EAST Hampshire District Council (EHDC) has given a “cautious welcome” to George Osborne’s plans for a “devolution revolution” in local government.
The announcement, made at last week’s Conservative Party Conference, promised to let councils retain millions of pounds in business rates instead of handing them over to central government.
Chancellor of the Exchequer Mr Osborne described the plans as “the biggest transfer of power to our local government in living memory”.
He said the changes will fix “the current broken system” of financing councils.
“We are going to allow local government to keep the rates they collect from business,” said Mr Osborne. “That’s right, all £26bn of business rates will be kept by councils instead of being sent up to Whitehall.”
This would mean that “money raised locally will be spent locally” with every council able to cut business taxes to attract more trade to an area.
Last month, district leader Ferris Cowper announced that the council had decided to support the Hampshire and Isle of Wight devolution bid.
He said that while EHDC remains supportive of the scheme, the exact benefits to residents and businesses within the district were still “unclear”.
This week, Mr Cowper commented on the possible benefits of Mr Osborne’s reforms.
“The headline proposal that local councils can retain 100 per cent of business rates has to be set in the context of a 100 per cent sacrifice of all central government grants,” he said. “If true, in the case of EHDC, there could be a small surplus but the gains match the losses almost pound for pound.
“However, the national press reported that the ‘tariff’, which is a further payment to the government on top of the 50 per cent widely reported, will stay in place. If correct, then EHDC and all district and borough councils in Hampshire will be out of pocket by a very large sum and of course we would reject that proposal.”
The chancellor also announced that business rates could not be increased by local councils unless they chose to have an elected mayor.
“Local businesses will be pleased to note that the full council of EHDC was completely opposed to having an elected mayor for Hampshire and the Isle of Wight,” added Mr Cowper. “However, as the value of retained business rates closely matches the loss of grants and may even leave councils worse off, the chancellor’s observation that local councils would be able to cut rates where appropriate would have a very limited effect at best.”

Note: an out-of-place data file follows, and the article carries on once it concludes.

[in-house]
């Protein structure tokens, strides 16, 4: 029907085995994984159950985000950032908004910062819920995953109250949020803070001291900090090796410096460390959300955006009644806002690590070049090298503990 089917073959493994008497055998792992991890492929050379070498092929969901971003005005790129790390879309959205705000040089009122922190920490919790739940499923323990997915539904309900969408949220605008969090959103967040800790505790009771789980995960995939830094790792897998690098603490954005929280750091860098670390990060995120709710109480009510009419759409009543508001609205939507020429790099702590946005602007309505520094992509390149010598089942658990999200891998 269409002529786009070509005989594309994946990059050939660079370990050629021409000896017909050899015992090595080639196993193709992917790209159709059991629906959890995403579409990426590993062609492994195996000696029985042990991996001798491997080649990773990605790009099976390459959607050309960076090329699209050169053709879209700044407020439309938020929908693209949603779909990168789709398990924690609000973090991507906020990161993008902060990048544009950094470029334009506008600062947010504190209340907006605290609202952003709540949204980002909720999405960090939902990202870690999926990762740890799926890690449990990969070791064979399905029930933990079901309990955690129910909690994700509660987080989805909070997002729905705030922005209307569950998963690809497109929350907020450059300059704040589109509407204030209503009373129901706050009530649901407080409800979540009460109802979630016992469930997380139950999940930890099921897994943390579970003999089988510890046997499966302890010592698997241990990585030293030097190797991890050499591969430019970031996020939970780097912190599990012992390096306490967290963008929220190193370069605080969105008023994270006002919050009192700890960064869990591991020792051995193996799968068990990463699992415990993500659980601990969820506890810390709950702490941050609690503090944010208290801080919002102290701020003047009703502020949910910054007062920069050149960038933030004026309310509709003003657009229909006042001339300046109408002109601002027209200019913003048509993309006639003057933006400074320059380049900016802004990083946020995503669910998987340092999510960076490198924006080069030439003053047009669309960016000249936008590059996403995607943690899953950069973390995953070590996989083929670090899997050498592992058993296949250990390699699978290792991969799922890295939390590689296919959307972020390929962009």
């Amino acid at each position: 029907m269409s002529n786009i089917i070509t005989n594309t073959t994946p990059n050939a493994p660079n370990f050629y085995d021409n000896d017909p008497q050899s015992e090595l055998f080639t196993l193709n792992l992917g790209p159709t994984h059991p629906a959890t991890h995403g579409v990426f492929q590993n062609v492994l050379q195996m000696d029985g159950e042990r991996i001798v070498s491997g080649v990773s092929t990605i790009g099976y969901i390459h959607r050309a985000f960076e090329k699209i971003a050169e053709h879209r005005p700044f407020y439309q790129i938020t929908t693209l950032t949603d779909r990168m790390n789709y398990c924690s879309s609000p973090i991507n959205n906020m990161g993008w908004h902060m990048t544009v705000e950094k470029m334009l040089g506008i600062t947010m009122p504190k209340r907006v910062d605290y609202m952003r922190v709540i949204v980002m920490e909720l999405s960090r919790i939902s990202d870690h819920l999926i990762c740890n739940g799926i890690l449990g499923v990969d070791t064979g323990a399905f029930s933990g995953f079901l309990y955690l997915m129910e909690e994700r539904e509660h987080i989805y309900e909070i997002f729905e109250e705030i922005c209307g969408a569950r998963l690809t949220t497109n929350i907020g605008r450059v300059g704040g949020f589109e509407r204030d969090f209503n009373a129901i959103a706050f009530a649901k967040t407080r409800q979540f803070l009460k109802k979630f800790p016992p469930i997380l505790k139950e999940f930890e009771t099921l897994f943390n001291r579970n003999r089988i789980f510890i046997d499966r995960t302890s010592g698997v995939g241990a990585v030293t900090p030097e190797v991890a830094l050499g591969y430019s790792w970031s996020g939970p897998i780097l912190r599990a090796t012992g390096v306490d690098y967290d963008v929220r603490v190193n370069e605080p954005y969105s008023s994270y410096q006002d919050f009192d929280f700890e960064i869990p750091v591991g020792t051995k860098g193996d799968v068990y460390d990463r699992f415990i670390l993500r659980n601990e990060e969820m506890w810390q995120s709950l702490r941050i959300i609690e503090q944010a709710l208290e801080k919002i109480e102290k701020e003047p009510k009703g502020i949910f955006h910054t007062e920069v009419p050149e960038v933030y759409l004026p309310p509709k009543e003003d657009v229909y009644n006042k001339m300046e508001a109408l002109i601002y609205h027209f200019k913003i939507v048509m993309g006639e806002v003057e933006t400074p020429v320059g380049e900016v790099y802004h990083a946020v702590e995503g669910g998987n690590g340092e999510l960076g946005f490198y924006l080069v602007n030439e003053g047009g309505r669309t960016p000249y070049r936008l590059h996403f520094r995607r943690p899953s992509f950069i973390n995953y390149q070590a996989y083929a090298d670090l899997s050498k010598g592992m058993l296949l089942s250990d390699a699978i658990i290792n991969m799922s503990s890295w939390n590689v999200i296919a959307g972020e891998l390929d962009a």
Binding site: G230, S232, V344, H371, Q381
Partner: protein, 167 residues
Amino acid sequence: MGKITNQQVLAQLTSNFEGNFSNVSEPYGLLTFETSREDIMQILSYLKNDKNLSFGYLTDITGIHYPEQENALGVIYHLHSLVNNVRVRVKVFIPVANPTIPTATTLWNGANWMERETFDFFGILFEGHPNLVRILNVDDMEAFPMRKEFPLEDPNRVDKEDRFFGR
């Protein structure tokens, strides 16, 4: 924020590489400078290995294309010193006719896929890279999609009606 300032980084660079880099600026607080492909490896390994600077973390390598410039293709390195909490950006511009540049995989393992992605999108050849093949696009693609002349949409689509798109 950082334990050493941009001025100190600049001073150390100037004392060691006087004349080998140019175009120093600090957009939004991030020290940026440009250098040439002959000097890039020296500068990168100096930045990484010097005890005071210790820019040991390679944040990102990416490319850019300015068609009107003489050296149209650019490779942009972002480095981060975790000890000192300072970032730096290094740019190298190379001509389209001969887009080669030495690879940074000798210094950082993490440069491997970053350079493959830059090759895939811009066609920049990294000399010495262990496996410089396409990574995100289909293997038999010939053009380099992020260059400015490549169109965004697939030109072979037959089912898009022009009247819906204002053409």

In a statemen,t EHDC explained that to be part of this “devolution revolution”, local councils are required to agree to an “acceleration” of the planned housing delivery programme and, in the case of Hampshire and the Isle of Wight, an additional housing programme of 500 dwellings per year spread across the whole of the county. At this stage, EHDC said it visualises “no material change” in its existing forecast.
The reforms will see local government retaining all revenue from business rates for the first time in decades as, since 1990, rates have been set uniformly by Whitehall.
This is currently collected locally but then transferred to central government to be distributed back to local areas in the form of grants.
Since 2013, councils have been able to retain 50 per cent of the proceeds of rates so that, according to the Conservatives, when local areas take steps to boost business growth in their community, they “see the benefit”.
But the Treasury said the latest reforms go much further, moving to 100 per cent retention of the full stock of business rates by 2020.
The promised benefits include “more infrastructure”, “a boost for business and employment” and more “localised management and integration of aspects of healthcare”.
However, EHDC said it already has all of these programmes under way in the flagship regeneration town of Whitehill and Bordon and its hope is that the promised revolution will enable it to “extend those benefits” to the rest of the East Hampshire community.
Mr Cowper concluded: “The devolution revolution is definitely not a cash bonanza for the council but there are suggestions that there could be benefits when the details are fleshed out. Until then we remain in the bidding process with cautious optimism.”